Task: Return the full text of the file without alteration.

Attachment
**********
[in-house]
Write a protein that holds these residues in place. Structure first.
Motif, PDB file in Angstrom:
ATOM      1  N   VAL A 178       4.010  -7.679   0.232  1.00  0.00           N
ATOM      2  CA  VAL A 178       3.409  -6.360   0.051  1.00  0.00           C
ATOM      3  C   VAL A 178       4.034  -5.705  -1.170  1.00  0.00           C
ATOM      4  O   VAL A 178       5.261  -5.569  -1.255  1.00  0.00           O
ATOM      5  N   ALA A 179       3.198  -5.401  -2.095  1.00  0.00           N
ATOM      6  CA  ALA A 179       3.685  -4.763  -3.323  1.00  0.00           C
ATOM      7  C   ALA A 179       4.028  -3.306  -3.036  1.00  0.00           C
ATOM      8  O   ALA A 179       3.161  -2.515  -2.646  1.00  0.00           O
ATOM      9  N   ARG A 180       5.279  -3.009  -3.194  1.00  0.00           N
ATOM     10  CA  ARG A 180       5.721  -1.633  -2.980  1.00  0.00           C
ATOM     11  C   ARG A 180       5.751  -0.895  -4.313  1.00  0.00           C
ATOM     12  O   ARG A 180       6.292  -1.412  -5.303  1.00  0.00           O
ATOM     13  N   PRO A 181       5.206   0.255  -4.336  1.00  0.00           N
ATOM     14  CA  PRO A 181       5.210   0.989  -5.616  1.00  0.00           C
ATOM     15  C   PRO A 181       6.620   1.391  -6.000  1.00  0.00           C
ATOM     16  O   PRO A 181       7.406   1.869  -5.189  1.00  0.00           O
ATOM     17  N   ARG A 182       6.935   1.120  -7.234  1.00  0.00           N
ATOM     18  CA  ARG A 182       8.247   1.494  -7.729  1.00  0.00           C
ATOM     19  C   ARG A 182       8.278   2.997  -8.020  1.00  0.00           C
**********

[in-house]
Write a protein that holds these residues in place. Structure first.
Motif, PDB file in Angstrom:
ATOM      1  N   VAL A 178       4.010  -7.679   0.232  1.00  0.00           N
ATOM      2  CA  VAL A 178       3.409  -6.360   0.051  1.00  0.00           C
ATOM      3  C   VAL A 178       4.034  -5.705  -1.170  1.00  0.00           C
ATOM      4  O   VAL A 178       5.261  -5.569  -1.255  1.00  0.00           O
ATOM      5  N   ALA A 179       3.198  -5.401  -2.095  1.00  0.00           N
ATOM      6  CA  ALA A 179       3.685  -4.763  -3.323  1.00  0.00           C
ATOM      7  C   ALA A 179       4.028  -3.306  -3.036  1.00  0.00           C
ATOM      8  O   ALA A 179       3.161  -2.515  -2.646  1.00  0.00           O
ATOM      9  N   ARG A 180       5.279  -3.009  -3.194  1.00  0.00           N
ATOM     10  CA  ARG A 180       5.721  -1.633  -2.980  1.00  0.00           C
ATOM     11  C   ARG A 180       5.751  -0.895  -4.313  1.00  0.00           C
ATOM     12  O   ARG A 180       6.292  -1.412  -5.303  1.00  0.00           O
ATOM     13  N   PRO A 181       5.206   0.255  -4.336  1.00  0.00           N
ATOM     14  CA  PRO A 181       5.210   0.989  -5.616  1.00  0.00           C
ATOM     15  C   PRO A 181       6.620   1.391  -6.000  1.00  0.00           C
ATOM     16  O   PRO A 181       7.406   1.869  -5.189  1.00  0.00           O
ATOM     17  N   ARG A 182       6.935   1.120  -7.234  1.00  0.00           N
ATOM     18  CA  ARG A 182       8.247   1.494  -7.729  1.00  0.00           C
ATOM     19  C   ARG A 182       8.278   2.997  -8.020  1.00  0.00           C